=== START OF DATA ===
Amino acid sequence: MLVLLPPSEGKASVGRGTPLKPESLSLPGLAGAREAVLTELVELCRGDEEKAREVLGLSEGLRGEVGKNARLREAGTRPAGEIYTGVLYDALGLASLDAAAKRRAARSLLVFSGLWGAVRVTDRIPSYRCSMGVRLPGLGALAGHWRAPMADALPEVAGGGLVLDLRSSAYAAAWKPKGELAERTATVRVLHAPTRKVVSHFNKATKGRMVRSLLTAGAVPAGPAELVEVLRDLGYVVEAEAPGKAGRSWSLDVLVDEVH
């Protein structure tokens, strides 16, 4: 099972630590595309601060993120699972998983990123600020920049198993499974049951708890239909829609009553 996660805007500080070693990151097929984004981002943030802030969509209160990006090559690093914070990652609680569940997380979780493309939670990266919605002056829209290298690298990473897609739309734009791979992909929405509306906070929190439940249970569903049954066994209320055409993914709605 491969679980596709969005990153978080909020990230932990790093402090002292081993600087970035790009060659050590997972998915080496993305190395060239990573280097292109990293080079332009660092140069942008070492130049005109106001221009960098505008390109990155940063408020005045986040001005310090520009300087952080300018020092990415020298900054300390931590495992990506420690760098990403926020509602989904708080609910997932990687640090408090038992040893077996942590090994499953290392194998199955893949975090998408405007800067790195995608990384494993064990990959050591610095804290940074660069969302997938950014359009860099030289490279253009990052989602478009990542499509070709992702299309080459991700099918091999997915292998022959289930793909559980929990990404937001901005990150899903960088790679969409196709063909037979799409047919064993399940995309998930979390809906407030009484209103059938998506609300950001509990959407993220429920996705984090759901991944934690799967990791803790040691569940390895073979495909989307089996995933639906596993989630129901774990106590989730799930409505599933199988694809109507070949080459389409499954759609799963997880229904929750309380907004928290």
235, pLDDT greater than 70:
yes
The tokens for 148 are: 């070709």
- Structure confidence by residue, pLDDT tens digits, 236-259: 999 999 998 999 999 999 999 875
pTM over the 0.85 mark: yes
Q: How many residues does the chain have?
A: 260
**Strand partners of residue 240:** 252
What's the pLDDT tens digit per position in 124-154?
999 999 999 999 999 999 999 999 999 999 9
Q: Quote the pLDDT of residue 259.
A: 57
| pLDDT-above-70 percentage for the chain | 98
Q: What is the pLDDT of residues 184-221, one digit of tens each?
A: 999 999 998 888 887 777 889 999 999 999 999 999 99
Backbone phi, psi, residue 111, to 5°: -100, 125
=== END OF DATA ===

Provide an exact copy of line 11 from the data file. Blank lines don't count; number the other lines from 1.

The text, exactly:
What's the pLDDT tens digit per position in 124-154?